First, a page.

3. The “Physical Host” graph shows that there was a spike in CPU used at the HOST level across all the VMs on that host.

Additionally there are event notifications of changes on the system such as adding a new VM to the host. Note  the grey circles with arrows. Pass your mouse over the event icon to get information about the event.

Grey circles are events on other VMs, blue circles are events on this VM.

I find the ability to see all the layers in one view, see the important statistics only and be able to correlate all these statistics invaluable.

On top of the additional VMware monitoring option as seen anbove, Confio offers the classic view of the database load view through different aggregation  groupings :

  • SQL
  • Waits
  • Programs
  • Machines
  • DB Users
  • O/S Users
  • Files
  • Plans
  • Objects
  • Modules
  • Actions

Clicking the Object tabs gives a different perspective

The above charts are  large granularity but one can zoom down to as small as 10 second intervals:

Ignite also notifies when it finds performance issues:

Drilling down on alerts will point out such useful things as a SQL statement that has had an execution plan change for the worse:


The above are a few of my first impressions of Confio’s Ignite. Ignite seems to fill a clear need in the industry for enterprise cross database platform monitoring including the unique additional ability to monitor VMware.

If you are on Oracle only, then it is a cheaper alternative to OEM and if you have OEM already then Ignite is a good complement. One attractive feature of Ignite is that all the data  is collected into a centralized database allowing one to easily run custom queries and query across multiple databases. Most importantly Ignite gives safe access to database data to managers and developers – the people who should actually be seeing and understanding database performance.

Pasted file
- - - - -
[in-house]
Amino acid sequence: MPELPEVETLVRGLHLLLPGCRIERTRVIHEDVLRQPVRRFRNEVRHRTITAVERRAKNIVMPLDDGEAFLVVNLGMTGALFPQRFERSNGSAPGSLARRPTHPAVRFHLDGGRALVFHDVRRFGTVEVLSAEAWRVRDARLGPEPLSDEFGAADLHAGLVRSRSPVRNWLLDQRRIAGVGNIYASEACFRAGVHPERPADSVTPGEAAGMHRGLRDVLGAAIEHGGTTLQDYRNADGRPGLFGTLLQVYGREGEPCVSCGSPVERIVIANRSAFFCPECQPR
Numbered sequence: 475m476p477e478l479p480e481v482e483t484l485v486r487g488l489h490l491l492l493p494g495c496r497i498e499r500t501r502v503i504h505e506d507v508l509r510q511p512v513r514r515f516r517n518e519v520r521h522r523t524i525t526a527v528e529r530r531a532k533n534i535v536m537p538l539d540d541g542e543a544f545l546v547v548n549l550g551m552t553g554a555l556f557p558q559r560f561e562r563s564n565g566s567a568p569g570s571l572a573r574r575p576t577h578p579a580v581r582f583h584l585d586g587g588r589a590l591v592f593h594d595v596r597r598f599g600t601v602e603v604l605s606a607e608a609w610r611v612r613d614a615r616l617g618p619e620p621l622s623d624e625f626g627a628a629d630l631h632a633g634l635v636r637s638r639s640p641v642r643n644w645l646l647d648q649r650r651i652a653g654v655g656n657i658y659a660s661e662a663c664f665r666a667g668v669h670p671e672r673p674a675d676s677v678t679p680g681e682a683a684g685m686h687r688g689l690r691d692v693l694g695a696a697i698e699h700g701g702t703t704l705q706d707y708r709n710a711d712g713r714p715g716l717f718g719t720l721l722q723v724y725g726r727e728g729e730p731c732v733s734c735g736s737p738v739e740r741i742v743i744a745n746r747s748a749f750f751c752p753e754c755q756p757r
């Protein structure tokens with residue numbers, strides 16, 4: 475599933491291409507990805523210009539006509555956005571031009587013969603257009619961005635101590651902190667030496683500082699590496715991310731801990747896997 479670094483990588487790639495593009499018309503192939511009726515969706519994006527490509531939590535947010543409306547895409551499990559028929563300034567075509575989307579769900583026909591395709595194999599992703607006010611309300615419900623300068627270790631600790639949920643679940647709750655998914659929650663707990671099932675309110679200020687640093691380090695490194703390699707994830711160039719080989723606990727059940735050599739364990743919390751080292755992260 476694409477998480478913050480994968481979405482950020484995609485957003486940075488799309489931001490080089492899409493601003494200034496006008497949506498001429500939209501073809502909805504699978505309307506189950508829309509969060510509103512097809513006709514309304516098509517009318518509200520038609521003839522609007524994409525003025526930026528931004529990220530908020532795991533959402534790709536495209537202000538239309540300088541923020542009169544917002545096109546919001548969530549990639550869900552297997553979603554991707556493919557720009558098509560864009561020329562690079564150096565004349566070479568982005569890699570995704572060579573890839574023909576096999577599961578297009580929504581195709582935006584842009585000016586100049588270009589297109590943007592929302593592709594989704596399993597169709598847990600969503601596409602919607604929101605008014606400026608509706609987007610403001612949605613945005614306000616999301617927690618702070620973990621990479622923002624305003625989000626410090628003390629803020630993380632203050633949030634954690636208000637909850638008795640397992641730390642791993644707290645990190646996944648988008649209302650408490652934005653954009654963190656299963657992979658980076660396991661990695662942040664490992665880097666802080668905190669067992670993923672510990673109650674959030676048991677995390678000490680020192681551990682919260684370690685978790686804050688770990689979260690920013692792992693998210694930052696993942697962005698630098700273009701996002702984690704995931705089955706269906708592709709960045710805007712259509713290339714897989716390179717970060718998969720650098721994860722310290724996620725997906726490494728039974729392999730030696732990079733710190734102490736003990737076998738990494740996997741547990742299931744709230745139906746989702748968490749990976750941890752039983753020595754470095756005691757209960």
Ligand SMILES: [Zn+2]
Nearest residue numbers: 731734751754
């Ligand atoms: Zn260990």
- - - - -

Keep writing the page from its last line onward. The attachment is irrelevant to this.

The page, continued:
You can take Confio Ignite for a spin at:

login as demo, demo

PS: please share any experiences you have had with the product in the comments. Thanks


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  2. Janis Griffin
    December 4th, 2011 at 04:57 | #1

    Hey Kyle,
    While I’ve admired your ‘Oracle’ opinions/instructions for many years, I believe you are on-track in reviewing Ignite! I’ve been an Oracle DBA for over 24 years! Ok, I drank the ‘kool-aid’ about OEM/Grid, etc… but I just love the immediate resolution to any problem that I have in a database instance via Ignite! Cheers!

  3. Fran├žois G.
    February 1st, 2012 at 10:53 | #2

    Cool,excellent,this one was also on my radar in the short list with SPOTLIGHT from quest, because I’m currently looking for a way to bypass/replace OEM diagnostic pack which I find very usefull but too expansive.
    Good to know your advice on it.

  4. Patrick David
    April 19th, 2012 at 10:20 | #3

    Hi Kyle,
    Thanks for your article about Ignite it is very good. Right now i am looking at a solution for database monitoring as we don’t have the tuning pack from Oracle. And i cam down to two products Ignite from Confio, and DB Optimizer from Embarcadero. Could you tell me if both products use the same approach when monitoring databases, and which one you would recommend me the one from Confio or from Embarcadero?
    Thanks in advance.
    Best regards

  5. Fran├žois G.
    April 19th, 2012 at 10:34 | #4

    I am currently lucky enough to have both these tools, no doubt I’ll be corrected if I’m wrong but for me these are 2 very different tools with 2 very different purpose.

    I’ll have Ignite running all the day as a Monitoring tool which can spot very quickly interesting things that are happening or that have happened whereas I will use DBoptimizer for tunning case at specific times when I want to dig further.

  6. April 19th, 2012 at 20:57 | #5

    Hi Patrick,
    Yes, Francois’ analysis is spot on with mine. Confio is a 24×7 monitoring tool, where as DB Optimizer is a hands on performance analysis and tuning tool. If I saw a problem in the Confio monitor I’d want DB Optimizer to drill into it. DB Optimizer collects a lot of the same performance data as Confio but it’s easier and quicker to interact with and drill down into more deeply. Unique to DB Optimizer is the Visual SQL Tuning (VST) which is awesome if you have to tune SQL. Unique to Confio AFAIK is the VMware monitoring correlation with Oracle which is compelling if you use VMware was well.
    Summary – use Confio for 24×7 monitoring and use DB Optimizer as a hands on tool to drill down into and resolve performance problems and especially for tuning SQL.

    – Kyle